Conversation Piece, August 5, 2018
A weekly series.
Enjoy our Sunday series, Conversation Piece, a NUVO–curated digest of things on the Internet we think you’ll want to talk about.
Hello, operator. For The Walrus, Danielle Kinahan tells the story of eight women who became well-known among Toronto Star reporters for their ability to track down people that no one else could find. No, they weren’t private investigators—rather, they were particularly tenacious switchboard operators. Dive into the fascinating story, here.
Sponge cake. French pastry chef Cédric Grolet is famous for his double-take worthy desserts, made to look like apples, strawberries, apricots, and lemons in their most pristine, mouth-watering forms. Meanwhile, British chef Ben Churchill has garnered attention for doing the exact opposite—that is to say, he makes realistic, unappetizing desserts. Take for example, his moldy orange, partially covered in green splotches and fuzzy white patches. Having grown bored with conventional sweets, chef Churchill decided to subvert norms and create purposefully gross-looking dishes. See more, including a used ashtray and soapy sponge, here.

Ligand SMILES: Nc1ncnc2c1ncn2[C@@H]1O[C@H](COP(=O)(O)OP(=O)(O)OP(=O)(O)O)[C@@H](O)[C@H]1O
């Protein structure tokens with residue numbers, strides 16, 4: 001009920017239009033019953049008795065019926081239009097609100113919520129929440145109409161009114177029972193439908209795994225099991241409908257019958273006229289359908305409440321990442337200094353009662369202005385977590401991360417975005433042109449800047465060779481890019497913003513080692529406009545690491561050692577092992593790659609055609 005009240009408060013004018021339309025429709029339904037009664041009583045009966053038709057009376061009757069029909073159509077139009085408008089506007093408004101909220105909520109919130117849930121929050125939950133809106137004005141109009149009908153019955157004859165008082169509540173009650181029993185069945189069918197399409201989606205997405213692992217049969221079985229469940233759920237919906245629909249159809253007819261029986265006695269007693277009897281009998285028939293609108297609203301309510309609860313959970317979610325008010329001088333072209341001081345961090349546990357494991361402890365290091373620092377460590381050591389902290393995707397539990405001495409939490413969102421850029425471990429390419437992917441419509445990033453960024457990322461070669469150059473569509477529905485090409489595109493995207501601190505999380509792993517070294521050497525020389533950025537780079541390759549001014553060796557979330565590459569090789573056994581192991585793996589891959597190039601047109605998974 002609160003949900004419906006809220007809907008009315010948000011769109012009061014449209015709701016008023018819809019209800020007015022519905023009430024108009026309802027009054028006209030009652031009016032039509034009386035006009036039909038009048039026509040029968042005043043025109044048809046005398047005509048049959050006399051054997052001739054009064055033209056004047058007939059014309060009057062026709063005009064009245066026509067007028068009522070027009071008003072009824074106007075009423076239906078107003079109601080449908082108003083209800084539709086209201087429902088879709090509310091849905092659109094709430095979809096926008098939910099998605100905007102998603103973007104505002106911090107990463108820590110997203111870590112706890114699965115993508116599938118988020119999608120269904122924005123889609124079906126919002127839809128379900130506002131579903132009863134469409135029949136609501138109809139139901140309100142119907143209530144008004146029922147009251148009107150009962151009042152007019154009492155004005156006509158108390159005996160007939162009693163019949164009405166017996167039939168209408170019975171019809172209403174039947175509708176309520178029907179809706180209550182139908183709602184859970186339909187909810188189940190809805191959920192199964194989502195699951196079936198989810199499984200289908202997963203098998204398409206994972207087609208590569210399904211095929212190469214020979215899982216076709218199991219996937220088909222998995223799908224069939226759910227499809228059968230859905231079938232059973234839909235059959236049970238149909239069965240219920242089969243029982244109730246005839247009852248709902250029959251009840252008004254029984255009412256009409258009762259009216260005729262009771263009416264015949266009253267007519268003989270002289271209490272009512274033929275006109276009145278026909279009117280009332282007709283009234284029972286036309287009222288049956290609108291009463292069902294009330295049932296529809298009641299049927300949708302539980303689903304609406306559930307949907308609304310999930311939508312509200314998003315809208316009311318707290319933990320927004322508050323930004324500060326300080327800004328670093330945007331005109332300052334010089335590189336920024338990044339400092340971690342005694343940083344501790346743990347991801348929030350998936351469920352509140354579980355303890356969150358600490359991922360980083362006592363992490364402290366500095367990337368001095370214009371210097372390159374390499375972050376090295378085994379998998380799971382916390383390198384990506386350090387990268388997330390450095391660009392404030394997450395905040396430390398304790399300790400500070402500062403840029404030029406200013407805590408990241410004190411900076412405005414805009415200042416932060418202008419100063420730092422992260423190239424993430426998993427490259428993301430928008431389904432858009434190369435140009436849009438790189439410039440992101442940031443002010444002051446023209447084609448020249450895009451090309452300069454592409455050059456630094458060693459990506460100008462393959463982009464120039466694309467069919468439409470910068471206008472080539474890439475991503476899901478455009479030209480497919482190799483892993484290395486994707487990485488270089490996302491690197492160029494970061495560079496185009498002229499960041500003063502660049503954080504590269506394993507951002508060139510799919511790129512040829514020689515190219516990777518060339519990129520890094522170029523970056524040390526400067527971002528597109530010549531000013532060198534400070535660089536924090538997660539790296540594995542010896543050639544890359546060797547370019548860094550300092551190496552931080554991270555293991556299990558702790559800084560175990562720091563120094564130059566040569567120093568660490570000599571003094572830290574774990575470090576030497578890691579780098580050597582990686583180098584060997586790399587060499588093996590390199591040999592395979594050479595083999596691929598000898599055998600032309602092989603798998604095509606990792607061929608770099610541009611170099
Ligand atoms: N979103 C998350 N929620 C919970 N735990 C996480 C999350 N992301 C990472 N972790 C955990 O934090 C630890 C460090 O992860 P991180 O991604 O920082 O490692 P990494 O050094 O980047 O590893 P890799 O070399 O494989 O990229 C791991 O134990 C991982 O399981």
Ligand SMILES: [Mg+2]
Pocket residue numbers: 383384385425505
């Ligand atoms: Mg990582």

Franklin turns 50. On July 31, 1968, a seemingly innocuous encounter took place within a Peanuts comic strip. Here’s a quick summary: Charlie Brown loses beach ball. Boy named Franklin finds and returns beach ball. Two boys become friends. However, this interaction marked a defining moment—Franklin was the first black character to be introduced in the series. In celebration of Franklin’s 50th birthday, we share this story from NPR.
When there’s a will. There is a certain hesitancy and avoidance when it comes to writing a will. Which is rather silly, as James Dolan writes, considering a will isn’t a curse or a jinx, but a legal document that simply acknowledges what we already know: that in the long run, we will all be dead. Read our story on the emotional act of writing your last will and testament, here.
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